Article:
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'Why do I have to choose?'
on 8 October 2008
15 year old Alex (Inés Efron) was born intersex; she resembles a female (and takes hormones to enhance this), but has male genitals. As she has grown older, her parents moved her from her home in Buenos Aires, Argentina, to an isolated fishing village on the coast of Uruguay, to avoid the questions of friends and relatives. Her mother is desperate for her to become wholly female, and invites a plastic surgeon (along with his wife and son) to their village to discuss surgical options. The son, Alvaro (Martin Piroyansky), is questioning his own sexuality...which becomes all the more confused as he and Alex grow attracted to one another.
XXY (Spanish, English subtitles) deals with age-old themes (social stigma, parental conflict, societal demands for sexual conformity) in a refreshing context. What does it mean to be 'male' or 'female'? Is the pressure to choose one gender or another innate, or socially-enforced? Are the neuroses that young people suffer wholly attributable to parental desire for social orthodoxy? A post-op female-to-male acquaintance of Alex's father advises: "Making her afraid of her body is the worst thing you can do to a child"...(oddly reminiscent of Van Dijk's classic quote: "Sexuality is something granted to everyone, and to teach a child to abstain from this evident intimacy is perhaps the first form of sexual violence to which it is subjected"). XXY does not seek to resolve these (perhaps unresolvable) questions, but does an excellent job of casting light onto such neglected areas of social life.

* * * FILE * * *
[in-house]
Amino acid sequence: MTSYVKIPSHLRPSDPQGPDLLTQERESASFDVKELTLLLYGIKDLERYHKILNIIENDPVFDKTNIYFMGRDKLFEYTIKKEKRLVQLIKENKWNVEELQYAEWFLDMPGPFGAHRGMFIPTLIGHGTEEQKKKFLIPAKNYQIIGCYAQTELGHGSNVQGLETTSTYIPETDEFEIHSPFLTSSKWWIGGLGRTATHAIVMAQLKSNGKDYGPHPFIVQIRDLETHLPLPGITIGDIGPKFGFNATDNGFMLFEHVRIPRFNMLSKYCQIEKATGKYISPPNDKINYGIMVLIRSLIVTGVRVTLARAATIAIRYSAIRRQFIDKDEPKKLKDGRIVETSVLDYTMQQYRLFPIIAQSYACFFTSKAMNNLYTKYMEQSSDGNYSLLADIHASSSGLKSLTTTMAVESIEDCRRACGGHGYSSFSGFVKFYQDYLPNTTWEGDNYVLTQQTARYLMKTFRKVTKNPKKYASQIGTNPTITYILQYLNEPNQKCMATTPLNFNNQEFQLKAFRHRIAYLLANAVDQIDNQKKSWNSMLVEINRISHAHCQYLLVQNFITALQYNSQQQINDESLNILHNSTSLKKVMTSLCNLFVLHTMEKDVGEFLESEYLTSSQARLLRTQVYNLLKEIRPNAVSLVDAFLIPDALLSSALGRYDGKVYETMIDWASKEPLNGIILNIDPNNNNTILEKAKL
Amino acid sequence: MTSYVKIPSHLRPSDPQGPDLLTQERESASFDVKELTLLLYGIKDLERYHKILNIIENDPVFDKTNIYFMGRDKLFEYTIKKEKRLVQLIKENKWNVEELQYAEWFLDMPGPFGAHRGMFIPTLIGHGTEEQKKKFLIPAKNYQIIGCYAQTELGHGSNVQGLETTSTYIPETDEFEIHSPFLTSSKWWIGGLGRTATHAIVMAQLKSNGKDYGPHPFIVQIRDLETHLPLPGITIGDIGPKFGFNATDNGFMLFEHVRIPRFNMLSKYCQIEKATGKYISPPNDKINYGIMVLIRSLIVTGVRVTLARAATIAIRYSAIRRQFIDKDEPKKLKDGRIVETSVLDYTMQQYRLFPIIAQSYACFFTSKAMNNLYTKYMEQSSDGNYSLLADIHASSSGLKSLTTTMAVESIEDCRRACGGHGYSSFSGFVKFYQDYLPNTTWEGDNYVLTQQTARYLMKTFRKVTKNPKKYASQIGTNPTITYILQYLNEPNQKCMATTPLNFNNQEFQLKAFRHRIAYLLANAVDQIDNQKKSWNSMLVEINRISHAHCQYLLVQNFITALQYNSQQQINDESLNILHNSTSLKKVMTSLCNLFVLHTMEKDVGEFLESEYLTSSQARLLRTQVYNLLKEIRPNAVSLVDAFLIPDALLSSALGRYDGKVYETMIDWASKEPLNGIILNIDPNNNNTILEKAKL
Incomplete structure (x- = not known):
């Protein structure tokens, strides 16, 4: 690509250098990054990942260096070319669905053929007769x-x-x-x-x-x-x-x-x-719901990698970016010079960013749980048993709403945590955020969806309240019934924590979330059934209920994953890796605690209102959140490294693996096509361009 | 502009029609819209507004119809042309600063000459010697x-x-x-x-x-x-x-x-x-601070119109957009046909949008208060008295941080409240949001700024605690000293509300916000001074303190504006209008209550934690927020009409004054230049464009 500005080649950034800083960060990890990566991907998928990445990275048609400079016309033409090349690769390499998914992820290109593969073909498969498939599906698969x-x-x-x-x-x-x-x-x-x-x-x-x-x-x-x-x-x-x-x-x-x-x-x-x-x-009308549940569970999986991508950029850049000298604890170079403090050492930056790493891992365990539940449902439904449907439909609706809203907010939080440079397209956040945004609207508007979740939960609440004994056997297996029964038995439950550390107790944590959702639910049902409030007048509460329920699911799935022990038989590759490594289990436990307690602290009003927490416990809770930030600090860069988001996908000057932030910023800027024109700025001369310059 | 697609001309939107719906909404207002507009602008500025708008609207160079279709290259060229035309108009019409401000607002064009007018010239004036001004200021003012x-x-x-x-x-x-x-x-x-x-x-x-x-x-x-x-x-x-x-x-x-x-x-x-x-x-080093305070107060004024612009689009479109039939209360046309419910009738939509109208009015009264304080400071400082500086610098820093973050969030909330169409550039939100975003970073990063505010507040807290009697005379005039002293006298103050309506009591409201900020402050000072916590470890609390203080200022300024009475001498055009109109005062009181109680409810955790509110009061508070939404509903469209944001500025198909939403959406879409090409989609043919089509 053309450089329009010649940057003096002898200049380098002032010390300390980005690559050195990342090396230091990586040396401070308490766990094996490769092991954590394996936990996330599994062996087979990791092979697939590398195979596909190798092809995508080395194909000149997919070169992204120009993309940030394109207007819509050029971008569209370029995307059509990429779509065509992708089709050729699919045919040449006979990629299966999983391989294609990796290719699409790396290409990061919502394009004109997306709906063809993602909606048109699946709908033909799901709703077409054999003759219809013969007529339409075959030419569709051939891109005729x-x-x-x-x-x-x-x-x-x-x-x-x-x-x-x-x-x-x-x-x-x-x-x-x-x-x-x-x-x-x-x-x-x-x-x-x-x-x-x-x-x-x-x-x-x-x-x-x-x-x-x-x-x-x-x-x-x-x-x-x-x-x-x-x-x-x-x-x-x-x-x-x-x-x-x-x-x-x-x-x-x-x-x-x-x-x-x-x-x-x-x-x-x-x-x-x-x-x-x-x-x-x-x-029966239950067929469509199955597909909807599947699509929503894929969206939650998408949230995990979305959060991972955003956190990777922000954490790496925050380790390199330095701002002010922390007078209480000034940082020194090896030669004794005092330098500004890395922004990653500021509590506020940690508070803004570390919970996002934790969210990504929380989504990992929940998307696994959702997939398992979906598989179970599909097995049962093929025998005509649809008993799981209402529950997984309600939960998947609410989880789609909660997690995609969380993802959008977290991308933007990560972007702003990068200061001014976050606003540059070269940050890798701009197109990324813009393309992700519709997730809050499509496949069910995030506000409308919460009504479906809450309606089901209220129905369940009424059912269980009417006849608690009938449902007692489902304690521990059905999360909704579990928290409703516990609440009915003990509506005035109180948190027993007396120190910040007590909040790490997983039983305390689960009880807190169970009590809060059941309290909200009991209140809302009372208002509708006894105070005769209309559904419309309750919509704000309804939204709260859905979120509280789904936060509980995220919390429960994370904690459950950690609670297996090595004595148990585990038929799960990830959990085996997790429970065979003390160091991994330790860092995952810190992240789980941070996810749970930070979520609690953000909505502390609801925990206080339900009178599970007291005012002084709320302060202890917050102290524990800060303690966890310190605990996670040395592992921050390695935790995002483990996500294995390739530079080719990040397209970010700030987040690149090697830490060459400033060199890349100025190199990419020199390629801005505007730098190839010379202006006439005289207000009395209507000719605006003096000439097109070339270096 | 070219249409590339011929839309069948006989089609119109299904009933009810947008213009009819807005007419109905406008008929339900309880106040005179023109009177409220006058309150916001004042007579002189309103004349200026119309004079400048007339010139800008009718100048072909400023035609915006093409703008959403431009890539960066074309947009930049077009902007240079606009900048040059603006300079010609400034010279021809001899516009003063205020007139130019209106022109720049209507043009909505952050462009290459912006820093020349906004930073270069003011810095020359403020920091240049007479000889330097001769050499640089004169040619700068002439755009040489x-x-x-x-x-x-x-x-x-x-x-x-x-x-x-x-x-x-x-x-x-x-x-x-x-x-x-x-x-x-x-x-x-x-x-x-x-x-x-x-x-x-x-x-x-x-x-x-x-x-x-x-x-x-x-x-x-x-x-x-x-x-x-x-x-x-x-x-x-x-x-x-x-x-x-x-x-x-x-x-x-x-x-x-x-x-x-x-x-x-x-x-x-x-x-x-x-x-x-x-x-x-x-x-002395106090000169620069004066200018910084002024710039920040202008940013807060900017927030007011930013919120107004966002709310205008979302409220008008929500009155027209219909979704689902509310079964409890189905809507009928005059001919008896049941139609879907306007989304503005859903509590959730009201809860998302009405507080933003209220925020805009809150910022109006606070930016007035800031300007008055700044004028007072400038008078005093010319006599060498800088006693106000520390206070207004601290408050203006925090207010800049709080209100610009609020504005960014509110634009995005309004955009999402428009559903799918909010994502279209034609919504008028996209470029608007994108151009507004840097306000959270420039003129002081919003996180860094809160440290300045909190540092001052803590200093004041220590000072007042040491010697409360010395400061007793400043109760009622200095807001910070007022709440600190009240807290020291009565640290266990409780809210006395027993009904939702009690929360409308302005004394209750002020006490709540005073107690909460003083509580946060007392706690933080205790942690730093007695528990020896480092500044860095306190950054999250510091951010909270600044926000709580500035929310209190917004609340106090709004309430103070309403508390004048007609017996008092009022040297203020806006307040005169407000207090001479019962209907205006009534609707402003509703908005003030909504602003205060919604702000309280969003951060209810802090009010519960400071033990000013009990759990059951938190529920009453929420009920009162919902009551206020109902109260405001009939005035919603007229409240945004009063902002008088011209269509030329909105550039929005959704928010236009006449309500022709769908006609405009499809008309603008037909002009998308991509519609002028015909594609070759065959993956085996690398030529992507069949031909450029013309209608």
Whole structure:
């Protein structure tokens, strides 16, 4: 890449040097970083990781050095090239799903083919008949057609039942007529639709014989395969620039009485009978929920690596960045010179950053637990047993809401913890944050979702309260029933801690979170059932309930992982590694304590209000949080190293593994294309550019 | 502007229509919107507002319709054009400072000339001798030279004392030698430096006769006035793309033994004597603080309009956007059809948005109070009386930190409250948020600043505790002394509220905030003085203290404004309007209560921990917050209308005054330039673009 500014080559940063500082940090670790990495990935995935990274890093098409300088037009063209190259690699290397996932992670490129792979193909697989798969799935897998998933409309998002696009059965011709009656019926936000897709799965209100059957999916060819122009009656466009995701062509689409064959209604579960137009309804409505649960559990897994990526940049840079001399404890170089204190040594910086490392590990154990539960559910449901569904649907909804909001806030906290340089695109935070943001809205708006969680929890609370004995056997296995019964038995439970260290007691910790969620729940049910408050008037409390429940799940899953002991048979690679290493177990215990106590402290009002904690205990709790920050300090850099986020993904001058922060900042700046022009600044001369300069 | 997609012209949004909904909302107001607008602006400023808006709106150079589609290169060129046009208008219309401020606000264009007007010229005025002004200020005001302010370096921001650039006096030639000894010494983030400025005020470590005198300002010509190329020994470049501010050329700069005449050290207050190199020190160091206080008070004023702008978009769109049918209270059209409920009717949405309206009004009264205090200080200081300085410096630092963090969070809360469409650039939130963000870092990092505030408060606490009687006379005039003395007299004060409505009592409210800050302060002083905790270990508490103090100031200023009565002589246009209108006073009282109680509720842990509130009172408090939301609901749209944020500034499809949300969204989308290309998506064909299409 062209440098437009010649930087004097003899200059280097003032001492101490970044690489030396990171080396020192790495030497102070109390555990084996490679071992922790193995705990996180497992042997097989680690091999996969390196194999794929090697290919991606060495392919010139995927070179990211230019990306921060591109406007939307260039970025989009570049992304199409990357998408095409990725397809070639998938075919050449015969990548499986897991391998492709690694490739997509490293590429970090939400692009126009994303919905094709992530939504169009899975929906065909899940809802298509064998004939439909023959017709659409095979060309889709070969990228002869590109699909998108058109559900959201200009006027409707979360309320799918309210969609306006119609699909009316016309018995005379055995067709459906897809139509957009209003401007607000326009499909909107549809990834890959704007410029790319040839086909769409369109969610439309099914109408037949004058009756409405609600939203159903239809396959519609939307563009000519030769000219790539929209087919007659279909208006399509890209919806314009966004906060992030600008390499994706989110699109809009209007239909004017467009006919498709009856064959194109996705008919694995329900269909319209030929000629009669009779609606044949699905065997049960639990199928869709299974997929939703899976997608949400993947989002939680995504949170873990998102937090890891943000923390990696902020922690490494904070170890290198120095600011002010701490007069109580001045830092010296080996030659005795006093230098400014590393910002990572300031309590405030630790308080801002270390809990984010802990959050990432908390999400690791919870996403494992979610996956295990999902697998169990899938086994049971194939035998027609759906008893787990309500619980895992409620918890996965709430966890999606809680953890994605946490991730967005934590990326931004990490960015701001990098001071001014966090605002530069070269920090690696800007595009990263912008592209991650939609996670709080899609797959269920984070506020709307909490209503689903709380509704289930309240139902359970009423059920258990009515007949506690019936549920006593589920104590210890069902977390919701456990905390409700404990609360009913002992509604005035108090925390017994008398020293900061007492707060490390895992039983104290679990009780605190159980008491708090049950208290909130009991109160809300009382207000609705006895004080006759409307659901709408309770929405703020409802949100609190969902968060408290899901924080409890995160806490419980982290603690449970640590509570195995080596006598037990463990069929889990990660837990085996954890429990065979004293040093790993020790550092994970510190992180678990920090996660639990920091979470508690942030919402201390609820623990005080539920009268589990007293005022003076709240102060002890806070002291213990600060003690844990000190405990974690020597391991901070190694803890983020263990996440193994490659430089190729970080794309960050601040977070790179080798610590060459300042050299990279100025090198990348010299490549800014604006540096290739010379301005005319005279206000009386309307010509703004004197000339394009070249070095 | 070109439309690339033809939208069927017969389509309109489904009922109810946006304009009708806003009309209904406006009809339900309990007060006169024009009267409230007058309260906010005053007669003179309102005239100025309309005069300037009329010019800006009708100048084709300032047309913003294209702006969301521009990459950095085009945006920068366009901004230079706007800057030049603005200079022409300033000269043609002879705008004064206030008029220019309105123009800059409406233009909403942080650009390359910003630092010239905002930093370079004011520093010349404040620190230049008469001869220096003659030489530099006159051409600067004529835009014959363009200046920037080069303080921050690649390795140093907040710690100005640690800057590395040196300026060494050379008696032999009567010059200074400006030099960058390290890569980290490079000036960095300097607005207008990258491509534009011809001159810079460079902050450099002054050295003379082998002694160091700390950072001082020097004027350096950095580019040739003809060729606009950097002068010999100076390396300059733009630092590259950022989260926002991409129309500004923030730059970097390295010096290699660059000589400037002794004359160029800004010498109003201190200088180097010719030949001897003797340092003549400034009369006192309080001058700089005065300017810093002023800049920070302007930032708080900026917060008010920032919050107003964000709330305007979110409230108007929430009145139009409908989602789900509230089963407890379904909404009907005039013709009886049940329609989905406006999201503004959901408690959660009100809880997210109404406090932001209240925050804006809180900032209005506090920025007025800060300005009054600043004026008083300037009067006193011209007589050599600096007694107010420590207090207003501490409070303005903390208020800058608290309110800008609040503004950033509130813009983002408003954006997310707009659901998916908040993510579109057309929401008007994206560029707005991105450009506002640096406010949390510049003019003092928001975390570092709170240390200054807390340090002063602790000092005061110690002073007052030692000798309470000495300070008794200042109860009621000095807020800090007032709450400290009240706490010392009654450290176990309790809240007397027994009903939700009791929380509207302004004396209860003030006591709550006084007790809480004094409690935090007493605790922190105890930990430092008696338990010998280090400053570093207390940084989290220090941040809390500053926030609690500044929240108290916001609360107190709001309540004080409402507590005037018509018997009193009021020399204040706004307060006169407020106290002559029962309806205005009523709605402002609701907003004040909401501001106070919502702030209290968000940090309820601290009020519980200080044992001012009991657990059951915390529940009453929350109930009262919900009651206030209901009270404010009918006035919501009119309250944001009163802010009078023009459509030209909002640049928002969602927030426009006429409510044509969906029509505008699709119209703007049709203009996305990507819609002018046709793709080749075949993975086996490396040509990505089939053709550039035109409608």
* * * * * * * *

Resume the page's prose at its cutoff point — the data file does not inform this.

The acting is remarkable for what must have been challenging roles; completely natural and unselfconscious. The lead characters do a superb job of conveying (frequently through body language and eye movement) the turmoil that they undergo, but credit also to an exceptional supporting cast, including the powerful performance of Ricardo Darín in the role of Alex's father. The camera work and lighting combine with these other aspects to result in a moody, poignant and most memorable film. Highly recommended.